# Space of continuously differentiable functions.

Let $E$ be an open set in $\mathbb{R}^n$ and $\mathbf{f}:E\to \mathbb{R}^m$. Let $\mathbf{f}\in C^1(E)$ where $C^1$ - the space of all continuously differentiable functions.

How to prove that $C^1(E)\subset C(E)$.

Here's my thought: Let $f\in C^1(E)$ then all partial derivatives $D_jf$ exists and continuous on $E$. How to prove that $f$ is also continuous?

• If all partial derivatives are continuous, then the function is continuous – zhw. Mar 2 '16 at 19:06
• @zhw., How to prove it? – Raheem Najib Mar 2 '16 at 19:07
• @zhw., I know the following theorem: $f\in C'$ if and only if all partial derivatives exists and continuous. So if all partial derivatives exists and continuous then $f\in C'$ how to conclude that $f$ is continuous? – Raheem Najib Mar 2 '16 at 19:27
• That's not a theorem is it? Isn't that the definition? – zhw. Mar 2 '16 at 19:46
• @zhw., In Rudin's book it's a theorem – Raheem Najib Mar 2 '16 at 20:03

Differentiability at $x_0 \in E$ implies continuity at $x_0$. We don't need continuity of the derivative or partial derivatives.

Indeed differentiability means that there exists a linear map $Df_{x_0}:\mathbb{R}^n \to \mathbb{R}^m$ such that for all $\epsilon > 0$ we have $$\|f(x) - f(x_0) - Df_{x_0}(x-x_0)\| < \epsilon \| x - x_0 \|$$ whenever $x$ is close enough to $x_0$. Fix any $\epsilon > 0$.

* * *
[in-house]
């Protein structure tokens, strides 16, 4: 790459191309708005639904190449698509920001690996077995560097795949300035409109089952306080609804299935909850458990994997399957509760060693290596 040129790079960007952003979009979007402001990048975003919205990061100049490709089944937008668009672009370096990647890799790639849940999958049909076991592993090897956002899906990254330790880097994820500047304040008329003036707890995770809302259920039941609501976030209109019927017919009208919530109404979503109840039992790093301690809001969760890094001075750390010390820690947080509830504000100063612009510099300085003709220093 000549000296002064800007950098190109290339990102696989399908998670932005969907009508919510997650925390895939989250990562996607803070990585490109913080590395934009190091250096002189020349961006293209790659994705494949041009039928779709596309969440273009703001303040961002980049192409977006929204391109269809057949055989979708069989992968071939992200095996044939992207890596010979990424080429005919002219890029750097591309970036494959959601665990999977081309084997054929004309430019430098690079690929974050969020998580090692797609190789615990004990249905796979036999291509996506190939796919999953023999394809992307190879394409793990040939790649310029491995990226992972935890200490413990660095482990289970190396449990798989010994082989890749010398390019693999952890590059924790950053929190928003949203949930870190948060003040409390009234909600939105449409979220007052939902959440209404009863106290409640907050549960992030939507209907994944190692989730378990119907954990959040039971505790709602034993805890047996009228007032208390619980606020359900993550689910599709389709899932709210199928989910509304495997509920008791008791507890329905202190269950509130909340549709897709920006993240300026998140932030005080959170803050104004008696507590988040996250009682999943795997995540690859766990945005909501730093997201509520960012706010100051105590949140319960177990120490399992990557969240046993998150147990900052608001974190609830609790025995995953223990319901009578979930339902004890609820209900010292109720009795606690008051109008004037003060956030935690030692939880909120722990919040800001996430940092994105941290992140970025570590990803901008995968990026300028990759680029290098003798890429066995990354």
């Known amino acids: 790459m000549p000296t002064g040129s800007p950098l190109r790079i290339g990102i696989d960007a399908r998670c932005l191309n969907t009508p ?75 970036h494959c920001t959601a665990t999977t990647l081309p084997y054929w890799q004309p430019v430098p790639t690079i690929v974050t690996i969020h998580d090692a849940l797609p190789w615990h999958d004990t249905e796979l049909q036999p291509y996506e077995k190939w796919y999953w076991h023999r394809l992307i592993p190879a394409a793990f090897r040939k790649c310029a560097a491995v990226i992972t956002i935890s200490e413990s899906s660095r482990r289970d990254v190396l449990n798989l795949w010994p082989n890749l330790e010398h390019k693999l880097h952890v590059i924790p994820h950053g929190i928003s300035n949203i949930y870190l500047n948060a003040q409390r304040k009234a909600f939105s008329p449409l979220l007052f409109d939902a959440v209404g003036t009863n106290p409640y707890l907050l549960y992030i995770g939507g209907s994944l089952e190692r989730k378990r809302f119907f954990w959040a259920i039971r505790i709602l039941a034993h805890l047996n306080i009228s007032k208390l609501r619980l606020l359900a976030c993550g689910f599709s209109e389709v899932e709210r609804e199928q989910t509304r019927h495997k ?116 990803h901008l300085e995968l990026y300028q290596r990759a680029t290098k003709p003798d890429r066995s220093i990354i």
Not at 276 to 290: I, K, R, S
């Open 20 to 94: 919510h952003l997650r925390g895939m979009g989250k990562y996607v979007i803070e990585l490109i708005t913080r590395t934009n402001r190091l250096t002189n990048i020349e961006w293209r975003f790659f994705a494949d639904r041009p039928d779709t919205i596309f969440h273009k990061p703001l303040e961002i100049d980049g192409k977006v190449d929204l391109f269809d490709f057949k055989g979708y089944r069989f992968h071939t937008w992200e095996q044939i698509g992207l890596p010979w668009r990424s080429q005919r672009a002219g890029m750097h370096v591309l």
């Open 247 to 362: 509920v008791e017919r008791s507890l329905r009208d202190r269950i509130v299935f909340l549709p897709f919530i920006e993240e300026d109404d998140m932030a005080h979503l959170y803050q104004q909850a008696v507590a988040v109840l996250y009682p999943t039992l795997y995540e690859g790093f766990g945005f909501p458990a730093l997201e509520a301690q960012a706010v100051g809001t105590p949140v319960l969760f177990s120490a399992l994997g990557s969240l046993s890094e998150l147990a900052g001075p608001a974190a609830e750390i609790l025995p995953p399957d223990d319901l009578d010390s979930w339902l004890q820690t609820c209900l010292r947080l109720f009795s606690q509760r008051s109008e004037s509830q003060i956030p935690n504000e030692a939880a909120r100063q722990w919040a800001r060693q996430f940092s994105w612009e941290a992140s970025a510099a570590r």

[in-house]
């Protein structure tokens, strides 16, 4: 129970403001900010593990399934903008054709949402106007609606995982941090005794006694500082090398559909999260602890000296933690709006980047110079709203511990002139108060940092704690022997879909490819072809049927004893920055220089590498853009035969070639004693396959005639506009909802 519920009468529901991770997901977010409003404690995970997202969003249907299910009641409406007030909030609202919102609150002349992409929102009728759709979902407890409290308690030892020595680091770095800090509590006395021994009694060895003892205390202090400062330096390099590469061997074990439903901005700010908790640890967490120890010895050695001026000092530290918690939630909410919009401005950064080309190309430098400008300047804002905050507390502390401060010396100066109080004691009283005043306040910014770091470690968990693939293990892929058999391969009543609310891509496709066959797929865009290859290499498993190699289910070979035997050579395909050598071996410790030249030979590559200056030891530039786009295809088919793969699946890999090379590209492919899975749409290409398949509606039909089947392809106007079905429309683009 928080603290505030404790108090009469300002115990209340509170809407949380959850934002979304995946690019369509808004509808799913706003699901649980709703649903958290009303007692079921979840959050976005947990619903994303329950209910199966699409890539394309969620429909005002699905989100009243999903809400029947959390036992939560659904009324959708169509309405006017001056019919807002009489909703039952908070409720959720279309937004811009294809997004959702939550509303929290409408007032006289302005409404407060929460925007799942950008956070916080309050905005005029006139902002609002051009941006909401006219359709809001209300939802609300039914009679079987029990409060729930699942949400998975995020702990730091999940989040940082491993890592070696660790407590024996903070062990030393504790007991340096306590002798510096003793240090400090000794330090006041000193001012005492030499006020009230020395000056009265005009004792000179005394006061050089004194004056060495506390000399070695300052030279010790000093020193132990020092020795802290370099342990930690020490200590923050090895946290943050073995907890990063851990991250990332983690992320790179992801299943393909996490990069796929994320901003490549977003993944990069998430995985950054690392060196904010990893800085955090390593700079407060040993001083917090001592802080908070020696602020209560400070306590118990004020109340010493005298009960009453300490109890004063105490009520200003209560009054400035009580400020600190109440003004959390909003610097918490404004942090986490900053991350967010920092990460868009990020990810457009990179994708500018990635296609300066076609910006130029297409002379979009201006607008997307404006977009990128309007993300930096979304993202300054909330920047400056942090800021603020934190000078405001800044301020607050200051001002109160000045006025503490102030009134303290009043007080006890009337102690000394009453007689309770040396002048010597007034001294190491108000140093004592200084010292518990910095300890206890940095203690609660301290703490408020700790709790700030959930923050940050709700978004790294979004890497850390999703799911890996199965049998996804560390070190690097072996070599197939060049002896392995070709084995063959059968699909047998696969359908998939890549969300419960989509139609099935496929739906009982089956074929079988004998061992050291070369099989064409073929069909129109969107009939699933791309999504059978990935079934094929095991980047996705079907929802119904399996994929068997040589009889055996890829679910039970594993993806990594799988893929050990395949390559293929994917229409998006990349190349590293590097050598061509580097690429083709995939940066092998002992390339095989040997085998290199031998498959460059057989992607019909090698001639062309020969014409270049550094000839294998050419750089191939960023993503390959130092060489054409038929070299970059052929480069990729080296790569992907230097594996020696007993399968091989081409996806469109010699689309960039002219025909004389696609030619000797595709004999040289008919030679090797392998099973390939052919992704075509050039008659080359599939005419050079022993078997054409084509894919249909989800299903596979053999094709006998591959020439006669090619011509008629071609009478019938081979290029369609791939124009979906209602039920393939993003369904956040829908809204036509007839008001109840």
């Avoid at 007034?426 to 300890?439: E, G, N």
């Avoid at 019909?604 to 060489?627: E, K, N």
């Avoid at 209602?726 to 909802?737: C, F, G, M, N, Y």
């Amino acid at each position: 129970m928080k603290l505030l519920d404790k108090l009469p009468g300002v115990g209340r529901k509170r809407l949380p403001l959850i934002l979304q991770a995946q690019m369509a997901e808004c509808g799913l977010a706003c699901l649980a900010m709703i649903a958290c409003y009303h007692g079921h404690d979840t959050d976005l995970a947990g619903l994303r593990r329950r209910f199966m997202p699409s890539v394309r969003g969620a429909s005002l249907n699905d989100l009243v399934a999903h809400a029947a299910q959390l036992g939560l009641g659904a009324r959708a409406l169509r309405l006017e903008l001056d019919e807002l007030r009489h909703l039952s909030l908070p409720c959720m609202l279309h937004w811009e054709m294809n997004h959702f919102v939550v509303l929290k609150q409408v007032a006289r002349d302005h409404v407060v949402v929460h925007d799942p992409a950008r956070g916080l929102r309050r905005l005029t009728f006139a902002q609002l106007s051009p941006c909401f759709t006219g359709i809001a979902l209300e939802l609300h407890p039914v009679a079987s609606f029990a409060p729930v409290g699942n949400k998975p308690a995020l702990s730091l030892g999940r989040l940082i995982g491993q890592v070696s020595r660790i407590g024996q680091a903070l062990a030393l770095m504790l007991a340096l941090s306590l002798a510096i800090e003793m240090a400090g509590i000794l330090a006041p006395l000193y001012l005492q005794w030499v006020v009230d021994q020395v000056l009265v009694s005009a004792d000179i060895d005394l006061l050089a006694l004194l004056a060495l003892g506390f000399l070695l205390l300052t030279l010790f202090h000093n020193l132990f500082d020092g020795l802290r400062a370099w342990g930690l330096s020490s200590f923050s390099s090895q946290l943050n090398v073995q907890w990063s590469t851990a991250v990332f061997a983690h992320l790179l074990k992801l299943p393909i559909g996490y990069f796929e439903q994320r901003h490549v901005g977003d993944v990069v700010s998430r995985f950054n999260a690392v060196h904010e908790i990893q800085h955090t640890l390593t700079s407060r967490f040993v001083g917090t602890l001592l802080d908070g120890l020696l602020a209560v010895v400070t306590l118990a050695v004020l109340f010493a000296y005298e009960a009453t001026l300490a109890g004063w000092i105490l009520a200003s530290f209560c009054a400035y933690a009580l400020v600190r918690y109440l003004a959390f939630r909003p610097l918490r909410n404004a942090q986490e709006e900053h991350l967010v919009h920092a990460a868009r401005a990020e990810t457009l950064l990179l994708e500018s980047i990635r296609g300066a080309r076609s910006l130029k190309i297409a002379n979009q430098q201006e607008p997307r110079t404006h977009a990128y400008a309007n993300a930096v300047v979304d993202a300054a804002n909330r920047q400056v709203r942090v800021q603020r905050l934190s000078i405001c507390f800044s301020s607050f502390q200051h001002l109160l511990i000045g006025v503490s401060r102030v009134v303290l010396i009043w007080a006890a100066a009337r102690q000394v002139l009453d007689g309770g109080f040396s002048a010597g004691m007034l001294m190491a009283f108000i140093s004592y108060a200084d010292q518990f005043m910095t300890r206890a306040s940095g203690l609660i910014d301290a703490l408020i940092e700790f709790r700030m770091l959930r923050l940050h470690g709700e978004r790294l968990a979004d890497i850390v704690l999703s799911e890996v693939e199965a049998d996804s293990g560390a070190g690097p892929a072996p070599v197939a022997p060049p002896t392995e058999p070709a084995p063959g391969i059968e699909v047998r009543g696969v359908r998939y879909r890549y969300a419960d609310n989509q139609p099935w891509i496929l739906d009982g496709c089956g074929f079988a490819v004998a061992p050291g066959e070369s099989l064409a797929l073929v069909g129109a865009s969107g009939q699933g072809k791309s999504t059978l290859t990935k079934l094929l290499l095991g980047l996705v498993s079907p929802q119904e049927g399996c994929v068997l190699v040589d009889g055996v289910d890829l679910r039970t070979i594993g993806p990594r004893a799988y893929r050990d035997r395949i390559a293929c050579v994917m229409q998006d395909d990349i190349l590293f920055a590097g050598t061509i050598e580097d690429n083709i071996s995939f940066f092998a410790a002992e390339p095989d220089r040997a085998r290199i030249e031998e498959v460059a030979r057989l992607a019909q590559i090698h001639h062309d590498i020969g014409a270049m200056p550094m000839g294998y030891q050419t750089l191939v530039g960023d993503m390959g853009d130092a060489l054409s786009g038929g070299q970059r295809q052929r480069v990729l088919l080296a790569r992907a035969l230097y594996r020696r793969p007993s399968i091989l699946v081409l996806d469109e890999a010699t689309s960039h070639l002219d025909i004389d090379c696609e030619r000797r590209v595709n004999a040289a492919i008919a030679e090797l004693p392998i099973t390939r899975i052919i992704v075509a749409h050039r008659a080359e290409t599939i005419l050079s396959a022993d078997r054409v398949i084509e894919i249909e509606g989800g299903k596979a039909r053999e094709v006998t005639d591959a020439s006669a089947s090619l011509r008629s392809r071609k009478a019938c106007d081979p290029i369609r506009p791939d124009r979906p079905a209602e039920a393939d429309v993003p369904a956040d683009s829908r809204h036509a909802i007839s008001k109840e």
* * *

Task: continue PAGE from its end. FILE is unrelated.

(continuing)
By the reverse triangle inequality in particular this means that $$\|f(x) - f(x_0)\| - \|Df_{x_0}(x-x_0)\| < \epsilon \| x - x_0 \|,$$ or

$$\|f(x) - f(x_0)\| < \epsilon\|x-x_0\| + \|Df_{x_0}(x-x_0)\|.$$

But as $Df_{x_0}$ is linear and has the finite-dimensional domain $\mathbb{R}^n$, it is bounded, i.e., there is some constant $L > 0$ such that $\|Df_{x_0}(x-x_0)\| \leq L\|x-x_0\|$ for all $x$. Thus $$\|f(x) - f(x_0)\| < (\epsilon+L)\|x-x_0\|.$$

Since we can make the right-hand side arbitrarily small by taking $x$ close enough to $x_0$, $f$ is continuous at $x_0$.

• Thanks but how it related with my problem? – Raheem Najib Mar 2 '16 at 19:28
• @RaheemNajib Didn't you want to prove that all continuously differentiable functions on $E$ are continuous? – Alex Provost Mar 2 '16 at 19:29
• Yes. Where you used that $f$ is continuously differentiable? – Raheem Najib Mar 2 '16 at 19:30
• @RaheemNajib As I've said, we don't need this hypothesis. We have inclusions $C^1(E) \subset D(E) \subset C^0(E)$, where $D(E)$ is the space of differentiable functions on $E$. The first inclusion is obvious, and I've shown the second one. – Alex Provost Mar 2 '16 at 19:33